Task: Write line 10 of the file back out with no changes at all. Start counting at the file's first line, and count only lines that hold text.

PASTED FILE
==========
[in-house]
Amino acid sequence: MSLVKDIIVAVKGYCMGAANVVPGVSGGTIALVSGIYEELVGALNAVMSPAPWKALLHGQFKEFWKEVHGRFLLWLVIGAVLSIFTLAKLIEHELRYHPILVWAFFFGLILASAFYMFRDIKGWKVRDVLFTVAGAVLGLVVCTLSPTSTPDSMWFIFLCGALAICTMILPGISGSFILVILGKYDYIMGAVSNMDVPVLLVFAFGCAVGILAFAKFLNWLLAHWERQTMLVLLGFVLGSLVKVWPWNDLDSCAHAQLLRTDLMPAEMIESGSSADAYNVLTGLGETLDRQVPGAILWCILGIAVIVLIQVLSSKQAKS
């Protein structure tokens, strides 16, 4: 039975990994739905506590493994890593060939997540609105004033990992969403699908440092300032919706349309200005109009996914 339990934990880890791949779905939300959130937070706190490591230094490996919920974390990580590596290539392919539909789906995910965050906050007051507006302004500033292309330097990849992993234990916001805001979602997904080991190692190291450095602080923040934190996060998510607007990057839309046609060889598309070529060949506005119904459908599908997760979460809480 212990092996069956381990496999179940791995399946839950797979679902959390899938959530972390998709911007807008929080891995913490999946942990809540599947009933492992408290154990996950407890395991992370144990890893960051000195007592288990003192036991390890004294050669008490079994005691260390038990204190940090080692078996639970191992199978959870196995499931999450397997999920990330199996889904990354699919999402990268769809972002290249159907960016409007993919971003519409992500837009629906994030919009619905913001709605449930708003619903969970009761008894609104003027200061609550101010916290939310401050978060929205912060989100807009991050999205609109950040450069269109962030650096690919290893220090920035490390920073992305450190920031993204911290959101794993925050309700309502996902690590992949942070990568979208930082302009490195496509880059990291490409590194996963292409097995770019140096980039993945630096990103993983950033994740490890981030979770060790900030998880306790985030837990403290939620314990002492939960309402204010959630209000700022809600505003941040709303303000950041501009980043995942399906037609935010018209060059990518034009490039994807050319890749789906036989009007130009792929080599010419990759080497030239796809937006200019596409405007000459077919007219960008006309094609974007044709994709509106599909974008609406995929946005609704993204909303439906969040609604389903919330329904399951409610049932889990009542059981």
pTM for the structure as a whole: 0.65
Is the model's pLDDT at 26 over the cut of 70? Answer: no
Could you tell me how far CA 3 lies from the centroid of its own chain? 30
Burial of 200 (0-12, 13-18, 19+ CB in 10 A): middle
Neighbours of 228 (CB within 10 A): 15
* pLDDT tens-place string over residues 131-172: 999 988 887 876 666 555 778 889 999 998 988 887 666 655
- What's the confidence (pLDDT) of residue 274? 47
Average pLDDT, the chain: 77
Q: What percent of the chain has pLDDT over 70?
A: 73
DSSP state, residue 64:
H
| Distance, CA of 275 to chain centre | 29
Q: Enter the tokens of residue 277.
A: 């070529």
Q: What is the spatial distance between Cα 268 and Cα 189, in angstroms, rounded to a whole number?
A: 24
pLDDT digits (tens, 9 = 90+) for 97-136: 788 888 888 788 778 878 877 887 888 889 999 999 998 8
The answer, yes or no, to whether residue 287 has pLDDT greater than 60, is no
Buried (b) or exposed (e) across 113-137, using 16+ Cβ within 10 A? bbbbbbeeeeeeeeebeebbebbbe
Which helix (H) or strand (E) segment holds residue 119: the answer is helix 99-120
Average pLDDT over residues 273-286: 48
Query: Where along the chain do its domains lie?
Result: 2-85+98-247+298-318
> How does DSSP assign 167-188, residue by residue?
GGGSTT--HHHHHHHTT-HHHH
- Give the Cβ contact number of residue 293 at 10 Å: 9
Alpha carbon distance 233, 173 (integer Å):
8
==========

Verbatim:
- What's the confidence (pLDDT) of residue 274? 47